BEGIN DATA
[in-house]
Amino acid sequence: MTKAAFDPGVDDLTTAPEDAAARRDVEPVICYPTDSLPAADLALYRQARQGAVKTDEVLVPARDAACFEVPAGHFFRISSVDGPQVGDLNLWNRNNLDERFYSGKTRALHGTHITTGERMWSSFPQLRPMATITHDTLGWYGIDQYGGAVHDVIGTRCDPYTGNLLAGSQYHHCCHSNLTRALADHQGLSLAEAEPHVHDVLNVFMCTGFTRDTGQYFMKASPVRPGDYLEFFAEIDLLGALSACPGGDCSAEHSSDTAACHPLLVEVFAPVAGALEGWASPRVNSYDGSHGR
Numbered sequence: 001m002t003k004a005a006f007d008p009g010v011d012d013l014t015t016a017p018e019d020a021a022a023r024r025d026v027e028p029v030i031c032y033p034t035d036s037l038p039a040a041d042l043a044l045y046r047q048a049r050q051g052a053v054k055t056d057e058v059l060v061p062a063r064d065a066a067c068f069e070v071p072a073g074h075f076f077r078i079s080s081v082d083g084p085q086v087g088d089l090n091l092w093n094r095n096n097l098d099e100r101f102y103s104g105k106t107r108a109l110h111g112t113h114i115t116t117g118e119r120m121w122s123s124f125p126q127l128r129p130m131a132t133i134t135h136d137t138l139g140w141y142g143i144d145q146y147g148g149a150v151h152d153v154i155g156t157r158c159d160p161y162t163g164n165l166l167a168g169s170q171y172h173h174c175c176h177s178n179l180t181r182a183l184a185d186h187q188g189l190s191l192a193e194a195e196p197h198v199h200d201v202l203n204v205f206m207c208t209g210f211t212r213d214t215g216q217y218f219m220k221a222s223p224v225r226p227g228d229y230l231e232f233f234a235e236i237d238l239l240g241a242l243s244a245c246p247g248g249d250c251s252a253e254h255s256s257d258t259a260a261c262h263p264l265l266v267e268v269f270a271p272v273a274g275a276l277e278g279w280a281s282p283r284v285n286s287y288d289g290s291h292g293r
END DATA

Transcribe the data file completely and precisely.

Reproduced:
[in-house]
Amino acid sequence: MTKAAFDPGVDDLTTAPEDAAARRDVEPVICYPTDSLPAADLALYRQARQGAVKTDEVLVPARDAACFEVPAGHFFRISSVDGPQVGDLNLWNRNNLDERFYSGKTRALHGTHITTGERMWSSFPQLRPMATITHDTLGWYGIDQYGGAVHDVIGTRCDPYTGNLLAGSQYHHCCHSNLTRALADHQGLSLAEAEPHVHDVLNVFMCTGFTRDTGQYFMKASPVRPGDYLEFFAEIDLLGALSACPGGDCSAEHSSDTAACHPLLVEVFAPVAGALEGWASPRVNSYDGSHGR
Numbered sequence: 001m002t003k004a005a006f007d008p009g010v011d012d013l014t015t016a017p018e019d020a021a022a023r024r025d026v027e028p029v030i031c032y033p034t035d036s037l038p039a040a041d042l043a044l045y046r047q048a049r050q051g052a053v054k055t056d057e058v059l060v061p062a063r064d065a066a067c068f069e070v071p072a073g074h075f076f077r078i079s080s081v082d083g084p085q086v087g088d089l090n091l092w093n094r095n096n097l098d099e100r101f102y103s104g105k106t107r108a109l110h111g112t113h114i115t116t117g118e119r120m121w122s123s124f125p126q127l128r129p130m131a132t133i134t135h136d137t138l139g140w141y142g143i144d145q146y147g148g149a150v151h152d153v154i155g156t157r158c159d160p161y162t163g164n165l166l167a168g169s170q171y172h173h174c175c176h177s178n179l180t181r182a183l184a185d186h187q188g189l190s191l192a193e194a195e196p197h198v199h200d201v202l203n204v205f206m207c208t209g210f211t212r213d214t215g216q217y218f219m220k221a222s223p224v225r226p227g228d229y230l231e232f233f234a235e236i237d238l239l240g241a242l243s244a245c246p247g248g249d250c251s252a253e254h255s256s257d258t259a260a261c262h263p264l265l266v267e268v269f270a271p272v273a274g275a276l277e278g279w280a281s282p283r284v285n286s287y288d289g290s291h292g293r